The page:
Yet, Folwell stressed he is not giving up riding the motorcycle for fun.
“Riding has played a big role in helping me sort out things and finding solutions,” Folwell said.
“There’s a sense of fulfillment and release in riding that I’m not giving up anytime soon.”
The value of taking cholesterol-lowering drugs for elderly adults not experiencing cardiovascular disease will be evaluated in a joint $90 million study by Wake Forest Baptist Health and Duke University Medical Center.
The National Institute on Aging will examine the overall benefits and risks of prescribing statins in adults age 75 or older.
It is one of the largest health study grants in Wake Forest School of Medicine history.
In particular, the trial will help determine whether a statin can help prevent dementia and disability in this age group, as well as heart attacks and other cardiovascular-related deaths, while not increasing risks of adverse health outcomes.
The study will be conducted over seven years. It will be known as Pragmatic Evaluation of Events and Benefits of Lipid-Lowering in Older Adults and the acronym PREVENTABLE.
“This is a major push by the federal government in partnership with places like Wake Forest School of Medicine to start including older people in clinical research and to redesign it so that they can participate more easily,” said Dr. Jeff Williamson, co-principal investigator of the study. Williamson is a professor of gerontology and geriatric medicine in the medical school.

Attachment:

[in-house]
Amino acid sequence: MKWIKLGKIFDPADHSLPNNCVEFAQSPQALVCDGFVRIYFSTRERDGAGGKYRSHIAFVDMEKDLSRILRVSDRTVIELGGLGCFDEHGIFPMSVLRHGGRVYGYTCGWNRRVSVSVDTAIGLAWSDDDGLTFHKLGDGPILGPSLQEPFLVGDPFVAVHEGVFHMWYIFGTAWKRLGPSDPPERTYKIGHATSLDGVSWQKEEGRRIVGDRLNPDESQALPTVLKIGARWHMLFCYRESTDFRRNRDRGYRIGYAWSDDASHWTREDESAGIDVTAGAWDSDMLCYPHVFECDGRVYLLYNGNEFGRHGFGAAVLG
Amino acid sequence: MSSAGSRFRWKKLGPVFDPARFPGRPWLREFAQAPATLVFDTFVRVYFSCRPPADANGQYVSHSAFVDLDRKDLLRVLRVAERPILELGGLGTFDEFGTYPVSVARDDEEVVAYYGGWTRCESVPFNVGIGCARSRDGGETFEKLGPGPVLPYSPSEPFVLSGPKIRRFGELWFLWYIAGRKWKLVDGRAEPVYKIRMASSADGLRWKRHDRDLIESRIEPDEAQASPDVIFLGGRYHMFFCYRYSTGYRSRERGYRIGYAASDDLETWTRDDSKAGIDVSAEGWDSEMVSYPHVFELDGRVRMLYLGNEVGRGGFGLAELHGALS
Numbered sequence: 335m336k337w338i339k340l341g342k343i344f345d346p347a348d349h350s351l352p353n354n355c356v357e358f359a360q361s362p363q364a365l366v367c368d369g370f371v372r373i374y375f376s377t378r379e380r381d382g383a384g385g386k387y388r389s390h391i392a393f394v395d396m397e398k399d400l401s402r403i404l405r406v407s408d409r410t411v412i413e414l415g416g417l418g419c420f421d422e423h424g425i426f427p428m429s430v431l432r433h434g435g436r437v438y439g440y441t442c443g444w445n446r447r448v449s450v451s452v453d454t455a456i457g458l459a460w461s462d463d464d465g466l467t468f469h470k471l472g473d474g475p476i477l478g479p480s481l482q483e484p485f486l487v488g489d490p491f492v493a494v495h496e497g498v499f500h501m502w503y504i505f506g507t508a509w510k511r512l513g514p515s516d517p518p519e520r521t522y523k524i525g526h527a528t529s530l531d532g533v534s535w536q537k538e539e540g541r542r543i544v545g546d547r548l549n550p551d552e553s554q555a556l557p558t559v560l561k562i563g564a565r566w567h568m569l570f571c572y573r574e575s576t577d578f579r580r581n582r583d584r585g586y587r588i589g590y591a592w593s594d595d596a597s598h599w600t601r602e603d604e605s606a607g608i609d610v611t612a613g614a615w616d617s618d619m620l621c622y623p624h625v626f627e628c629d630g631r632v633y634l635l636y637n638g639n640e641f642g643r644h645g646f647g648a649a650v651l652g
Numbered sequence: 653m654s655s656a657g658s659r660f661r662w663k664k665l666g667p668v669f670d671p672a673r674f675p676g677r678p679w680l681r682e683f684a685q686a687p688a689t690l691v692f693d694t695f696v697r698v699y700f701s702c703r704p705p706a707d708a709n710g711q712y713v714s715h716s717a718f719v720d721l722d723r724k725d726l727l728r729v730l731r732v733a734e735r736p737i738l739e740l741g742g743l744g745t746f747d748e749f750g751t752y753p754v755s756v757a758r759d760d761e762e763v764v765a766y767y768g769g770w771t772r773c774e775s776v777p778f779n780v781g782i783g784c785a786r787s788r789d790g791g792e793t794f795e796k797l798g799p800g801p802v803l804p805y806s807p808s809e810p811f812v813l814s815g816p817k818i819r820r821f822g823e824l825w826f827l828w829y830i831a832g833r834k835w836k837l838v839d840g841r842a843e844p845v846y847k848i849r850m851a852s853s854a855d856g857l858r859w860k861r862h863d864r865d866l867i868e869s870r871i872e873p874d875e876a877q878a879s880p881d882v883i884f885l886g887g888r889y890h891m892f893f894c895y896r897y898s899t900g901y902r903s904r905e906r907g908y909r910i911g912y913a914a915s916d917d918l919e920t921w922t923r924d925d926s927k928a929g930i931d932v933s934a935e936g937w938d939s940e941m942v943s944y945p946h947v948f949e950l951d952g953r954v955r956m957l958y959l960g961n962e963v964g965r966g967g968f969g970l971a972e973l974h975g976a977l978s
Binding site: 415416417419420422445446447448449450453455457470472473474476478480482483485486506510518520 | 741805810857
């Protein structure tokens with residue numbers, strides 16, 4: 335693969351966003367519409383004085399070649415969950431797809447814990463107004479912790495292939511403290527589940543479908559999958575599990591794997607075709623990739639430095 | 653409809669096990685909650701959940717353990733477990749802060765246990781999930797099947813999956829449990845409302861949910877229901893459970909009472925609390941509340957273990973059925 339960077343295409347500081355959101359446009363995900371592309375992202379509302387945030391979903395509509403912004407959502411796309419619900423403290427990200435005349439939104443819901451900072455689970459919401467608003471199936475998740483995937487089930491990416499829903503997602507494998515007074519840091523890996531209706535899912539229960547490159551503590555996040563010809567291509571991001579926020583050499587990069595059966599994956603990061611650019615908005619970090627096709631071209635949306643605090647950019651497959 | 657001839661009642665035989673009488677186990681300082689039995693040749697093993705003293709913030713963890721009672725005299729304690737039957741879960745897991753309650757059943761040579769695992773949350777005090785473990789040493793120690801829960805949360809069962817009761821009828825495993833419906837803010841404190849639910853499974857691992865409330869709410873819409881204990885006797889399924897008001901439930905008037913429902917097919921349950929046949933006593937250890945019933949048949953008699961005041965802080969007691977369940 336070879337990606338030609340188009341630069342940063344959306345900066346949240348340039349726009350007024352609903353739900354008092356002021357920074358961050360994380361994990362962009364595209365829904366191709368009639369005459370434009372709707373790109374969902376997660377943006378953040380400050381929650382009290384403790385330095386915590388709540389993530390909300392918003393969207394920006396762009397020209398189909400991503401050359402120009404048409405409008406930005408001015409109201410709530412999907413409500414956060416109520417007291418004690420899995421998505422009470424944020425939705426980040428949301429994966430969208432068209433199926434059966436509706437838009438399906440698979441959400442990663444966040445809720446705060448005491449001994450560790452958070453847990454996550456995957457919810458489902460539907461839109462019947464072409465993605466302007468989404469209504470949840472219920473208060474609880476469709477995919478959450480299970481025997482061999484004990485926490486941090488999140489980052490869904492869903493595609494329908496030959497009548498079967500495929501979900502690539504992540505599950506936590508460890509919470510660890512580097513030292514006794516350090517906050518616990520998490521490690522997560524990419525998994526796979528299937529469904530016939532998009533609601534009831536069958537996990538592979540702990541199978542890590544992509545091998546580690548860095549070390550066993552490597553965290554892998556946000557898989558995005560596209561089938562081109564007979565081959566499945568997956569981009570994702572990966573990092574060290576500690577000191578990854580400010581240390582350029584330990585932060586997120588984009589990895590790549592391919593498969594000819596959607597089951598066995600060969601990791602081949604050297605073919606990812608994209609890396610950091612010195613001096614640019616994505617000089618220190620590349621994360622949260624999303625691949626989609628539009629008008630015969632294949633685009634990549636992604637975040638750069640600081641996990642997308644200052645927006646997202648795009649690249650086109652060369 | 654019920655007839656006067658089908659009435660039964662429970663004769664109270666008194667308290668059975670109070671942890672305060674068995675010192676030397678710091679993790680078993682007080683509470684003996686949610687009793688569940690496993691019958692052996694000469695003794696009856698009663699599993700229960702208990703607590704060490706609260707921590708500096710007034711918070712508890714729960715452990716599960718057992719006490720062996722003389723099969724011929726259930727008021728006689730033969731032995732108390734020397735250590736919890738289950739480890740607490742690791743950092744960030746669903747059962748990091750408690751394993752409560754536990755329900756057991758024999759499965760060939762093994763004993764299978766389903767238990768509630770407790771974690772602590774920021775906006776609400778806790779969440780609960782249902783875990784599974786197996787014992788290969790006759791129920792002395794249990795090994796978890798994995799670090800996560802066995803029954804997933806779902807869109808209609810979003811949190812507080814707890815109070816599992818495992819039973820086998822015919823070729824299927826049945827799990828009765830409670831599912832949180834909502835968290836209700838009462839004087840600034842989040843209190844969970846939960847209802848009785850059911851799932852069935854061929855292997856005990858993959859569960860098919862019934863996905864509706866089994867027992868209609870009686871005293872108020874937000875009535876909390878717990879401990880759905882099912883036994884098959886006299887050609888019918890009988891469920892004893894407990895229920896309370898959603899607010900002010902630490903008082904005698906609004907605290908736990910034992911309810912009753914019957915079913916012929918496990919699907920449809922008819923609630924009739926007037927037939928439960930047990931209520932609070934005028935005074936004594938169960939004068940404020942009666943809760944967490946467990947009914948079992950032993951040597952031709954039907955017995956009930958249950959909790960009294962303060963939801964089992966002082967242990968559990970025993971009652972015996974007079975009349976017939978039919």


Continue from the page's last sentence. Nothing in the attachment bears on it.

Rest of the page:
Williamson said study participants will not have to make an office visit, but rather have a trained research assistant come to them to do the physical and cognitive function assessments, and check on their overall health status.
Medications for the study will be shipped directly to their home.
“There has been considerable uncertainty about the benefits and risks of statin use in persons over age 75 years without known cardiovascular disease,” NIA Director Dr. Richard Hodes said.
“This large trial with older adults in real-world clinical settings will provide the opportunity to further our knowledge and better inform treatment decisions for older adults.”
Participants will be enrolled from 60 hospitals and 40 health care systems that are part of clinical trial networks supported by the U.S. Department of Veterans Affairs and the National Patient-Centered Clinical Research Network.
The investigators will enroll 20,000 participants without signs of heart disease, but who may be frail, take multiple medications and have mild cognitive impairment. Each participant will be randomly assigned to take either the statin atorvastatin or a placebo daily for up to five years.
“Because of the large size of this study, we may be able to identify subgroups of older adults most likely to benefit from taking statins to prevent dementia, disability or cardiovascular disease,” said Dr. Susan Zieman, medical officer in NIA’s Division of Geriatrics and Clinical Gerontology.